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From Adam Murdoch <adammurd...@apache.org>
Subject Re: [myrmidon] cleaning up services
Date Wed, 05 Jun 2002 06:50:33 GMT
On Tue, 4 Jun 2002 18:06, Peter Donald wrote:
> Hi,
>
> On Tue, 4 Jun 2002 11:57, Adam Murdoch wrote:
> > Hi,
> >
> > There's a few places where we're not cleaning up services:
> >
> > - Scoped services in partitioned execution frames.
> > - Services created by a workspace.
> > - Task listeners.
> >
> > Any thoughts on the best way of dealing with these?  We have a couple of
> > options: use Disposable, or add a cleanup method.
> >
> > For execution frame and workspace, a cleanup method might be better. 
> > Main reason is that it is their clients, rather than the container, that
> > need to inform them that they're no longer needed.
>
> How about "void close()" instead as that seems to fit in more with what you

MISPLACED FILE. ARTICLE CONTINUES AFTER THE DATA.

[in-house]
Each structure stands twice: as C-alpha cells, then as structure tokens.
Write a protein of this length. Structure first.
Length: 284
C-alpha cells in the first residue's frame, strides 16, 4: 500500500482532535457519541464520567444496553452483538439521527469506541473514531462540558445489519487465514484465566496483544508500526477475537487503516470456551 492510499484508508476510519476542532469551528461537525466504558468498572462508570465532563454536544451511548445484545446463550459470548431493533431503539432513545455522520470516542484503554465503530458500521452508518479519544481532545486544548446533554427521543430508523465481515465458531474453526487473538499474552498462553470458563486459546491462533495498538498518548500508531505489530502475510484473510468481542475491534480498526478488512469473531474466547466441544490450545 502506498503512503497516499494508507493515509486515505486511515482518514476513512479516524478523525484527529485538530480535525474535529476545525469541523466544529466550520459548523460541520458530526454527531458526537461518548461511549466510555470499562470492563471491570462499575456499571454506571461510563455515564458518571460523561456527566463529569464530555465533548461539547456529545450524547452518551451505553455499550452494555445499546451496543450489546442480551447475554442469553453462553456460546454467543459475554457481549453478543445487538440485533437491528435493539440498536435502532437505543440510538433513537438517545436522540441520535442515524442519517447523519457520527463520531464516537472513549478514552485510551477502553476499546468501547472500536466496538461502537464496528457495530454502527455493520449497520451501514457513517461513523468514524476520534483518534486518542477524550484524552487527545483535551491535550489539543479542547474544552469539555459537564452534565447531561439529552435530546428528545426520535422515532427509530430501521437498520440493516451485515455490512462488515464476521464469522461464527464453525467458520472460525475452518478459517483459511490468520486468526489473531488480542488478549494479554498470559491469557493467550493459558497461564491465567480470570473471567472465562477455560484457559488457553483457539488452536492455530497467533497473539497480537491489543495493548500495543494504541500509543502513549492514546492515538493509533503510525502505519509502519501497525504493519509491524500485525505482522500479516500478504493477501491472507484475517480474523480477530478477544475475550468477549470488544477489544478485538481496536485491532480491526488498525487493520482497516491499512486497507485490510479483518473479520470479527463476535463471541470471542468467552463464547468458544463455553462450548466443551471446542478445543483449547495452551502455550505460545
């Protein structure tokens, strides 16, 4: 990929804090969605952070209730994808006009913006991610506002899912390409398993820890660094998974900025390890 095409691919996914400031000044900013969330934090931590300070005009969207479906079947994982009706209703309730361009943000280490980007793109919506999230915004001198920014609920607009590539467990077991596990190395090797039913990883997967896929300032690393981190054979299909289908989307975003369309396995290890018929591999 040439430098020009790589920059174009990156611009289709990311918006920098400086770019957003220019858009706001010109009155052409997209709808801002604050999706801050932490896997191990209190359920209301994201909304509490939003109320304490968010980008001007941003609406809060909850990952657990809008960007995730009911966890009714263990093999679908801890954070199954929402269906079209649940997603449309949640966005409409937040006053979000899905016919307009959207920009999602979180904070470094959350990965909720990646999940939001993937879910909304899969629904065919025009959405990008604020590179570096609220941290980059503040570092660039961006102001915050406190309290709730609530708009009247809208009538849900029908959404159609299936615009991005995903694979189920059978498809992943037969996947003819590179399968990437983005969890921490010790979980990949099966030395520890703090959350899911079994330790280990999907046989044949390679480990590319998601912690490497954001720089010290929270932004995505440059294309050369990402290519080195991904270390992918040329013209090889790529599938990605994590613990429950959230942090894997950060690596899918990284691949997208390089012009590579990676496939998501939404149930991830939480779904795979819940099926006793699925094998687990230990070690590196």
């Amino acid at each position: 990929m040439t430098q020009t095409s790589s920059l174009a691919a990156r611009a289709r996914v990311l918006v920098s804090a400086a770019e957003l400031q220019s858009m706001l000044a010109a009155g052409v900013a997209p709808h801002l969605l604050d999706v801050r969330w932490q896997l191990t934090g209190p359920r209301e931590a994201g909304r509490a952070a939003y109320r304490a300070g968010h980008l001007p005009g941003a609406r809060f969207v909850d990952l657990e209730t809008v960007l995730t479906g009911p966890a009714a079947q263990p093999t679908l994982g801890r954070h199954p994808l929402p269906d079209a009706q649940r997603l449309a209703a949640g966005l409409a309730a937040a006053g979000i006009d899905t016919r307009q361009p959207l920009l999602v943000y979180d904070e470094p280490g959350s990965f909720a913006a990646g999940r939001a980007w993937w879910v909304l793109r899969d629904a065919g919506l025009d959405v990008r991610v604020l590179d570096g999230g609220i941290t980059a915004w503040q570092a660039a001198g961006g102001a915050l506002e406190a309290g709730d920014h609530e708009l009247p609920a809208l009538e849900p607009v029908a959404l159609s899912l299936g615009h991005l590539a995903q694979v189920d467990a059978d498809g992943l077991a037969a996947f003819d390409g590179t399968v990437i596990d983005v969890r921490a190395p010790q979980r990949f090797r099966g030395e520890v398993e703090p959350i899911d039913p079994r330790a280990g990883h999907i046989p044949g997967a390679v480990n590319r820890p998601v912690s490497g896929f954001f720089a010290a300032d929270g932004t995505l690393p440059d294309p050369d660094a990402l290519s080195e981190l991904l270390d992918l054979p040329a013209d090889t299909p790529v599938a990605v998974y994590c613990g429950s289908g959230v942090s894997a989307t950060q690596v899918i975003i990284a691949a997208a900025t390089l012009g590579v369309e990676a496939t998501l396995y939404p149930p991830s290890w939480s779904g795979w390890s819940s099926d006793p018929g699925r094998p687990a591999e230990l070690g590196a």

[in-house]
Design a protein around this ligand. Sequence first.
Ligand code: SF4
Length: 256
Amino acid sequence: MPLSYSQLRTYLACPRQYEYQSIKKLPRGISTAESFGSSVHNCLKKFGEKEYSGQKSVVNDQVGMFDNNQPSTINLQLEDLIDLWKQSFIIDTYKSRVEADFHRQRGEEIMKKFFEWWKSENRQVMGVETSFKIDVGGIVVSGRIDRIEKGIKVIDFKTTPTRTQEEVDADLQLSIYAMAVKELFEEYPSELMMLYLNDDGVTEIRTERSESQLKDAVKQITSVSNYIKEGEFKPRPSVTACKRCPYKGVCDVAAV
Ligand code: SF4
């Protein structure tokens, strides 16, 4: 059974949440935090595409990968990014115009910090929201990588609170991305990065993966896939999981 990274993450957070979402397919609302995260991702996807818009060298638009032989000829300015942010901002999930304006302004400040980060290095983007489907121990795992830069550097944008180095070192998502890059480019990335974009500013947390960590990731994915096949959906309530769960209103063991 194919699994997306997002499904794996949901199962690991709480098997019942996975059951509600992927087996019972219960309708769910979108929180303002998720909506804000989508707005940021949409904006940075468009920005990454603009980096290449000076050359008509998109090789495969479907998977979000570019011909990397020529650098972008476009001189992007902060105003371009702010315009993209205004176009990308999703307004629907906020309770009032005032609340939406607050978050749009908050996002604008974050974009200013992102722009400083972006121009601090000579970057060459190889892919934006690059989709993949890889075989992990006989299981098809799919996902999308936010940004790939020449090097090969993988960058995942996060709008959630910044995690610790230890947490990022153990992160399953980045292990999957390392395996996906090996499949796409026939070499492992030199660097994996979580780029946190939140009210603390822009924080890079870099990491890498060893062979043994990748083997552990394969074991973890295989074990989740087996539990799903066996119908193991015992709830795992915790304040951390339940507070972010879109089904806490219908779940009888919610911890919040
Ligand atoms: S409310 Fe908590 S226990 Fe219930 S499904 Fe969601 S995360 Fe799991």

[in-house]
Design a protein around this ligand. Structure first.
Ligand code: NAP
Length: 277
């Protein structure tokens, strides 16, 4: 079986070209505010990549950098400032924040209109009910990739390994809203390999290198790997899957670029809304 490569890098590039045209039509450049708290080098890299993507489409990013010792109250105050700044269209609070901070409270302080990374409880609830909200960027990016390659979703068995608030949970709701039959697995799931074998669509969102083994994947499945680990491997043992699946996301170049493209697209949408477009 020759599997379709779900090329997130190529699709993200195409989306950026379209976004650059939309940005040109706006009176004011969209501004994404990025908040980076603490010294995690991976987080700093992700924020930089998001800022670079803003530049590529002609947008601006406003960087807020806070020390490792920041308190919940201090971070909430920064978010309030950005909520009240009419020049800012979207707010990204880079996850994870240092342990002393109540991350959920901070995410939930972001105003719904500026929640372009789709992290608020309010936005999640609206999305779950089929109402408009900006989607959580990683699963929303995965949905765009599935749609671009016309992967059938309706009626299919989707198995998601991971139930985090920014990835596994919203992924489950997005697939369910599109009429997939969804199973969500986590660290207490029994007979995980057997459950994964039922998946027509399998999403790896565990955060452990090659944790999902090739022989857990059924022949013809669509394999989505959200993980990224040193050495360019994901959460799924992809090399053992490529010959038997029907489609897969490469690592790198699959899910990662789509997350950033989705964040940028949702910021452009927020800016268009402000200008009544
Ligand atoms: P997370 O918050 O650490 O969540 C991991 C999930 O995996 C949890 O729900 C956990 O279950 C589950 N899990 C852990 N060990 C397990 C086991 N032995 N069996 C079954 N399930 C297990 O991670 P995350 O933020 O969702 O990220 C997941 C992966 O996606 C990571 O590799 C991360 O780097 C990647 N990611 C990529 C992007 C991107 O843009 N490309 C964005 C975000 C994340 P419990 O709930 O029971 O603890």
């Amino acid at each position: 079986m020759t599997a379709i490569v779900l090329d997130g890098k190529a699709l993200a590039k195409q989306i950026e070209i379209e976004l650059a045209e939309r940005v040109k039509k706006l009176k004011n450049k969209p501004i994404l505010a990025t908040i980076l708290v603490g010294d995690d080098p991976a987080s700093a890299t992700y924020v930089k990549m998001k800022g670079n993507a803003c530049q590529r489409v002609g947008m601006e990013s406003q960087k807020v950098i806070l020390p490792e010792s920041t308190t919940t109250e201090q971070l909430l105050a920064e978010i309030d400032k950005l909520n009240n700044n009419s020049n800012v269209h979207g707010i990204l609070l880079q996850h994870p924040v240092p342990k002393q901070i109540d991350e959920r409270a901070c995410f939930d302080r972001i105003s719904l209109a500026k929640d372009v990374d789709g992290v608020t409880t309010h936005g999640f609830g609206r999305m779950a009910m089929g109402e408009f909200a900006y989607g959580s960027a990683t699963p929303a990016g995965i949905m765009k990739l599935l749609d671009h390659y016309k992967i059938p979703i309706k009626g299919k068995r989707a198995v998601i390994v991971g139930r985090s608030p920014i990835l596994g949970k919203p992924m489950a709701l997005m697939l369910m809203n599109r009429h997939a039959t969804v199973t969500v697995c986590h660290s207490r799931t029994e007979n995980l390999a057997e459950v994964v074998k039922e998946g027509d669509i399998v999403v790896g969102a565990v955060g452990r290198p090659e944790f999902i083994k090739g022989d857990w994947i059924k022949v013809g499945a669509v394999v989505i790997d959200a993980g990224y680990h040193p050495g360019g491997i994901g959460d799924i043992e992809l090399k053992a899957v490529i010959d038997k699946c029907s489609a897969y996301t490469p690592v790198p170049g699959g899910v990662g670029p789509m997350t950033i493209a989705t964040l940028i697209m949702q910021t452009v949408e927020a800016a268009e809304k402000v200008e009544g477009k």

> are doing (ie deallocating resource rather than "cleaning" it to prepare
> for reuse).

Yep, that's what I meant.

> > For listeners, being on the other side of the task api, we really
> > shouldn't use Disposable.  Which leaves a cleanup method, which the event
> > manager would be responsible for calling when it gets disposed.
>
> Why do you think that the EventManager should call close? My initial
> instinct would be to make it a responsibility of the caller. I could quite
> easily see the same listener reused after embeddor is shutdown and
> restarted. Thoughts?

I did consider this.  The problem is with tasks that add a listener that has 
to live beyond the lifetime of the task that creates them, eg <sound> (or 
some generic <add-listener> task, say).

What I was thinking of doing was to add some method that the event manager 
calls to notify the listener that it won't be getting any more events.  It 
doesn't necessarily have to be a close() method.  It could be a 
taskFinished() event, with a path of (say) "/", or something like that.

Making the creator responsible for cleaning up is a good option, though.  
Listeners that need to live beyond the task that creates them could do some 
trickery with the task paths to figure out when they are no longer needed.  
Or install some service that cleaned them up, or whatever.  ie we simply add 
TaskListener.close(), and anything beyond that is not our problem.

-- 
Adam

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